Current law requires the rebuilding of depleted fish populations be “as short as possible,” but no more than 10 years.
With the new language in place, well, then managers could extend rebuilding as long as they wanted to, and I can’t imagine they wouldn’t extend them… In almost every circumstance.
Don’t know about you guys, but we’d certainly like to see and enjoy the benefits of abundant, rebuilt stocks in our lifetimes, and certainly sooner rather than later.
That’s not the worst of it though… Section 4 goes on to add numerous expansive exemptions from having a rebuilding timeframe at all. Such as, If other factors besides fishing contribute to the stock being depleted.
Really? So, Councils don’t need to make an effort to rebuild if there are factors other than fishing that are contributing to it’s depletion? Like climate change, water quality etc.? With pretty much every stock, you could make such assumptions.
Other exemptions include If the stock is in a mixed-stock fishery but rebuilding it would cause economic harm to the fishery; and if fishing occurs on the stock outside of the U.S. and if “unusual events” have occurred.
With such exemptions at their disposal, Councils, often under immense political pressure to allow unsustainable fishing, could avoid rebuilding in almost any circumstance.
We should be clear here that rebuilding without timelines was attempted in the early incarnations of the Magnuson Act, and rebuilding plans regularly failed to make any progress.
Lastly, Section 4 authorizes the use of “alternative” rebuilding strategies. Current law already allows for the use of such strategies, as long as they avoid overfishing; no such qualification appears in H.R. 200. So, the intent here is pretty clear.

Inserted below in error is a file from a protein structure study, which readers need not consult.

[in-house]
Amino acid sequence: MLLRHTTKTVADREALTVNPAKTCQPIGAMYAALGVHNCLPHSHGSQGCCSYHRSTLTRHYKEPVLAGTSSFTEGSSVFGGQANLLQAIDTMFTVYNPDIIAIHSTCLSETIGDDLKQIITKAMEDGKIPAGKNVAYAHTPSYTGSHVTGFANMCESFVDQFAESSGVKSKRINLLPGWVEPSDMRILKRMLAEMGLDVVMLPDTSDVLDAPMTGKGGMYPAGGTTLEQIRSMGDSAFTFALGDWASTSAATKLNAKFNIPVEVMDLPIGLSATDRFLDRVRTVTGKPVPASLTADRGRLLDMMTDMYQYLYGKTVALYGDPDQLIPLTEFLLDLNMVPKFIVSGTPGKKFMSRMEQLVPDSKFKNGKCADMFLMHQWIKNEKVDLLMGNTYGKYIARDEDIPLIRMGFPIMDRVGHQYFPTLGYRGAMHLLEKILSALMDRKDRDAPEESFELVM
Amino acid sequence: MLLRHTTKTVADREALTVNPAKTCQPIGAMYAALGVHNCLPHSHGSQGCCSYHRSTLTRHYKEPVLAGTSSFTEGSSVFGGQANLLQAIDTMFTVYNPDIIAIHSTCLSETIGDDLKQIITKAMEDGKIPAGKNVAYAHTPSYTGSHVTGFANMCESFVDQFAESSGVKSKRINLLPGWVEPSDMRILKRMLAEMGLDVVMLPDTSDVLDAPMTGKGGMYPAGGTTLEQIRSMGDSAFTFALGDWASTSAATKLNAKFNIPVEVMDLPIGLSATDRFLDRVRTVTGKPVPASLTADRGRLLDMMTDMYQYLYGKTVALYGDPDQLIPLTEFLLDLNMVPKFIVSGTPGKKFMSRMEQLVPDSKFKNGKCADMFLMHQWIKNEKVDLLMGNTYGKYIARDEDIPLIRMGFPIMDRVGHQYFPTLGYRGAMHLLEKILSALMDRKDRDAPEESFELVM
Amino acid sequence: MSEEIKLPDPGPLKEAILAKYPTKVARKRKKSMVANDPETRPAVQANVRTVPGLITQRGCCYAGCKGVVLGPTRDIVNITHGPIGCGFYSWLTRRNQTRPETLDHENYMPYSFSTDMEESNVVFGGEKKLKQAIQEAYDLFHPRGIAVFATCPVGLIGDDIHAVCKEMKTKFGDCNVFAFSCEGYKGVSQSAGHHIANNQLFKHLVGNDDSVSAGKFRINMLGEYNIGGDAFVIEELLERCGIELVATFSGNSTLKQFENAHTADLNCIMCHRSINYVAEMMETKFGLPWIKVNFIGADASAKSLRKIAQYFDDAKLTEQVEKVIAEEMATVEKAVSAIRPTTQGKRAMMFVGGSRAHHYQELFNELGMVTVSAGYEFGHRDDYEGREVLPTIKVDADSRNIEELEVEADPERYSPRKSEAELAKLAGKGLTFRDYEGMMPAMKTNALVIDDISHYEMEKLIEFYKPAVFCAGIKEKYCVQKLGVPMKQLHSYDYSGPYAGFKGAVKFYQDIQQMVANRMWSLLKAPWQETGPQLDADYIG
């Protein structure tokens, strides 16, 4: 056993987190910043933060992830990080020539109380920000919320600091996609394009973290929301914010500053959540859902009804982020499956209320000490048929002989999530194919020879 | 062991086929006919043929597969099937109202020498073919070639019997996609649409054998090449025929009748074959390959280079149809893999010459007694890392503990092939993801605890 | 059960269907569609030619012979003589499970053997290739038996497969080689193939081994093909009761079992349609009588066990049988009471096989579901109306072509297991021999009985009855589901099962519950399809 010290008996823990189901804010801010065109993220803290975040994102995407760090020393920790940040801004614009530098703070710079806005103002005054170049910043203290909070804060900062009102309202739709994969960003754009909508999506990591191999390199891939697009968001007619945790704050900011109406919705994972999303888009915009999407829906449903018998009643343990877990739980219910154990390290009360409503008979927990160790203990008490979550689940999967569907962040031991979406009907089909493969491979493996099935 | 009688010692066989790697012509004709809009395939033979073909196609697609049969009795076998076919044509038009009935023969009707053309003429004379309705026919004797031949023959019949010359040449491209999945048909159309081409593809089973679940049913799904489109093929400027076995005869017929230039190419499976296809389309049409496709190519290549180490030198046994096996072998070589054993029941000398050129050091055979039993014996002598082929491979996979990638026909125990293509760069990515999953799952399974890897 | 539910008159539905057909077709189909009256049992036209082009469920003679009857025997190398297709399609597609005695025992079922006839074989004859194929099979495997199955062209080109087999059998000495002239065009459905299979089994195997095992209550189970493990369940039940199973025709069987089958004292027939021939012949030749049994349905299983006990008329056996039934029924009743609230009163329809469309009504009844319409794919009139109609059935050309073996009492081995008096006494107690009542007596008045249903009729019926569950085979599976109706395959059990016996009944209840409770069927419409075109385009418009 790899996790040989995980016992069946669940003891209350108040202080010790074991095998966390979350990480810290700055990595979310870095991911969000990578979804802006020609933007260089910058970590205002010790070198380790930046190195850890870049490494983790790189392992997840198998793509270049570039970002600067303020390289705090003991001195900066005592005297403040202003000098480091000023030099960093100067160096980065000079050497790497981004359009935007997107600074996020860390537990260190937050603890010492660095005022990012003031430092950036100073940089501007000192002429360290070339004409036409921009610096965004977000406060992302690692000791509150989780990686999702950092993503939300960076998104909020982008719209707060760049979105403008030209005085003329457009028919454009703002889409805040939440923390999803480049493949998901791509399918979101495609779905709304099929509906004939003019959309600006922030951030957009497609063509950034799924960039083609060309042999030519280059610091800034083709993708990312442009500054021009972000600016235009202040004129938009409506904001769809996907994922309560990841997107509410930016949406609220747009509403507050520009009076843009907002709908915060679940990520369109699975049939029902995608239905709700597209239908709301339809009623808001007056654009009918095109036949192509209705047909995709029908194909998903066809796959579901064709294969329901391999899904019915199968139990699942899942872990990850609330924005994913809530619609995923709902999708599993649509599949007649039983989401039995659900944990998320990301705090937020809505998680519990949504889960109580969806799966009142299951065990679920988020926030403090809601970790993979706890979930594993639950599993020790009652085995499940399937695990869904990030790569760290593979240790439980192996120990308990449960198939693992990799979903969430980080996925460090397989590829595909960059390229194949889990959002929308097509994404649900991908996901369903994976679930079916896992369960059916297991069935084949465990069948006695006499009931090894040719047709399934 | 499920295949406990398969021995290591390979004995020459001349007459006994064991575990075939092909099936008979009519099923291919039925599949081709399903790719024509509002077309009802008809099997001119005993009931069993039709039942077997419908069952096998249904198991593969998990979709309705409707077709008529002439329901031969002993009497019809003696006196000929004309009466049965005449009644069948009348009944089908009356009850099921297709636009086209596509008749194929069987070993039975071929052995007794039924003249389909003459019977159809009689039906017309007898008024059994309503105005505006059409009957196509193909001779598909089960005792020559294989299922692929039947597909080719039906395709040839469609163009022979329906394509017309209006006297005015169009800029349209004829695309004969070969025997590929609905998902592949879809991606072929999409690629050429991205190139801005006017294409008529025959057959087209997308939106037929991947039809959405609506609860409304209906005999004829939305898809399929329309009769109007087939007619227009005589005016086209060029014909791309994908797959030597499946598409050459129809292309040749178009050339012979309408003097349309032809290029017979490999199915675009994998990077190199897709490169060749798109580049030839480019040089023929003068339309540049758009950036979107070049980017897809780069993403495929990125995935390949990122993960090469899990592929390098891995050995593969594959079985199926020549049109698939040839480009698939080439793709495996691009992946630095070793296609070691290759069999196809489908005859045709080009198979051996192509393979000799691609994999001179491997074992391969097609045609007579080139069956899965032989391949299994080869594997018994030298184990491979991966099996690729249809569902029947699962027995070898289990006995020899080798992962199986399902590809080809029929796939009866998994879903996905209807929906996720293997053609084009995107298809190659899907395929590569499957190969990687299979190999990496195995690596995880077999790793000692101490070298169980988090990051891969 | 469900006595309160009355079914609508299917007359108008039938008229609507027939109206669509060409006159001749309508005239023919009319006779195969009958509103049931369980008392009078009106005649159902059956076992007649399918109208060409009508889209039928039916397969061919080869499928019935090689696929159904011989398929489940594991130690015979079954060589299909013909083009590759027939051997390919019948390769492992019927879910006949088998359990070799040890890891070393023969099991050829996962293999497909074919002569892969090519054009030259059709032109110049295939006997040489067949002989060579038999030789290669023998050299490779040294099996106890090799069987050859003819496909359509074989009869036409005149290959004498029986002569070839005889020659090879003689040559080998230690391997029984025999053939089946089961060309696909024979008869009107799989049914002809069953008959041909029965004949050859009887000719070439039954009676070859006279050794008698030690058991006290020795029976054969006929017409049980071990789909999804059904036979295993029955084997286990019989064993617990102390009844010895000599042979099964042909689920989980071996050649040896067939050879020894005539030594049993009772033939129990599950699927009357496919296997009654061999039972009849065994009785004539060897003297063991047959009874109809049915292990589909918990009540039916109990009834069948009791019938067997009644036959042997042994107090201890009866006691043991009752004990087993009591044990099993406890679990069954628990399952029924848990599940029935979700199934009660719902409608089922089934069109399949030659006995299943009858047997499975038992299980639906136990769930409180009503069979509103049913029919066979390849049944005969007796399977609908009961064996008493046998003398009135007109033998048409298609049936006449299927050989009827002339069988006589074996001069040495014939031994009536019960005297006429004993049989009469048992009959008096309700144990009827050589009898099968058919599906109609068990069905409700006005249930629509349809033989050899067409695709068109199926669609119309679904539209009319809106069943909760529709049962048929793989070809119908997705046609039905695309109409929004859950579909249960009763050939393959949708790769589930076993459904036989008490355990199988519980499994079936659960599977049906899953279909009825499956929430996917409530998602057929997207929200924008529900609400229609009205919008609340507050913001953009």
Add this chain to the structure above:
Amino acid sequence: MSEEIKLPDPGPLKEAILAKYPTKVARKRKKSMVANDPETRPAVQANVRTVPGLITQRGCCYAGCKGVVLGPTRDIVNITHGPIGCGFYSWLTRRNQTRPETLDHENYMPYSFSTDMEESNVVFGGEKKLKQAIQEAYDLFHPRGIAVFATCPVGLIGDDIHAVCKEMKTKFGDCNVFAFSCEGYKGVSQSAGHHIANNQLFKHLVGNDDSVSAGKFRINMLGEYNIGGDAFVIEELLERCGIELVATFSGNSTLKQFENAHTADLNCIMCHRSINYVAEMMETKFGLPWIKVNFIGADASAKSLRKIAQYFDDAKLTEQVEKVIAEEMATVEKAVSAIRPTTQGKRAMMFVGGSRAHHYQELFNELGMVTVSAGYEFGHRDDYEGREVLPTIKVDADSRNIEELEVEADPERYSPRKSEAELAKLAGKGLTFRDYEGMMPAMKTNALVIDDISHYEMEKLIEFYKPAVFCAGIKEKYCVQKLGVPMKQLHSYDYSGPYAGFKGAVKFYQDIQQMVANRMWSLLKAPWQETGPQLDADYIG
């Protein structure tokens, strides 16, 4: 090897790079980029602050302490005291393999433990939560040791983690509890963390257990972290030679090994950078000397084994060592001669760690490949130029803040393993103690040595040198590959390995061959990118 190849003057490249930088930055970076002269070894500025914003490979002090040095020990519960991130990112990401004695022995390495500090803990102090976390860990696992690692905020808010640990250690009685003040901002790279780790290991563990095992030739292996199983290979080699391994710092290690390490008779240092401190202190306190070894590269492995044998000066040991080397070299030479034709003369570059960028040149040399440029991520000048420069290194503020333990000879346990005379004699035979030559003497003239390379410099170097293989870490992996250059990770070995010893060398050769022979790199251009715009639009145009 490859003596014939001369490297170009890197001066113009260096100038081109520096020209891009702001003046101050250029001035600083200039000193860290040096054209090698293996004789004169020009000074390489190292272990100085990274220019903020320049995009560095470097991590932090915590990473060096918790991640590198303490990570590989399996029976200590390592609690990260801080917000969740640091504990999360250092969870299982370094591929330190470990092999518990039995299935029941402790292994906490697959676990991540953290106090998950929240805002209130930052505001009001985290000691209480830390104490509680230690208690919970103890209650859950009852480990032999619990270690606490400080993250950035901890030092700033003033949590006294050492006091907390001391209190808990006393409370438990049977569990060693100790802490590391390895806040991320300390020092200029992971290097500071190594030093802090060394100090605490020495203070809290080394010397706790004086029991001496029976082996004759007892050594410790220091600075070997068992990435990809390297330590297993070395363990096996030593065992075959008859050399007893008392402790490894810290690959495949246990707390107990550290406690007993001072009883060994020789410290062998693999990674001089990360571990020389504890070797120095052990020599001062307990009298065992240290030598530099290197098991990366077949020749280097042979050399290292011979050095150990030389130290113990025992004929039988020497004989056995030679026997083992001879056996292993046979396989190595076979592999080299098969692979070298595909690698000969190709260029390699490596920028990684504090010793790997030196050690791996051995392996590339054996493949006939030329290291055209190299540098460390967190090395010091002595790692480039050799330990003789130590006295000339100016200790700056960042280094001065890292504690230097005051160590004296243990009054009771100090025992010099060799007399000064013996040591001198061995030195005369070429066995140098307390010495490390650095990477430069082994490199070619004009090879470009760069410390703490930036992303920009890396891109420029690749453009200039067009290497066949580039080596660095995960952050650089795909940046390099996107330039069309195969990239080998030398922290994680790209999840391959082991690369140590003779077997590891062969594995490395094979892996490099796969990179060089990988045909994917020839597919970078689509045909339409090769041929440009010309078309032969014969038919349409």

Section 5 – Modifications to the Annual Catch Limit (ACL) Requirement
This section would exempt hundreds of species from constraining annual catch limits by including loopholes that remove annual catch limits for “Ecosystem component” species, which are broadly defined to include any fish caught that were not a main target. This would remove any sustainable limits on any non-target fish. In other words, species caught as bycatch, or species caught and sold in a mixed fishery where they weren’t the primary target.
It would also exempt stocks for which fishing has “little impact” on the stock. Whether or not fishing has “little impact” is of course highly subjective.
Further exempted are stocks for which international fishing has an impact on stock health.
This section also allows consideration of “environmental changes” and “economic needs” when setting Annual Catch Limits. Of course, such consideration is already included in the “Optimum Yield” definition, yet the intent here seems to be to place the onus on environmental changes, and to put economic concerns before the biology of the stock when determining Annual Catch Limits.
Sec. 6 – Distinguishing Between Overfished and Depleted
This section replaces the term “overfished” with the term “depleted” throughout the Act.
It also requires stock status updates to distinguish between those species which are depleted because of fishing and those that are a result of “factors other than fishing.”
In most cases, such a distinction is impossible, because in most cases both have contributed to depletion, and largely cannot be untwined.
Technically, the word change doesn’t do anything, as long as the requirements to rebuild and manage to science-based catch limits remain intact. Regardless of the reasons for depletion, the councils would still be required to rebuild, and fishing is the only thing they can control.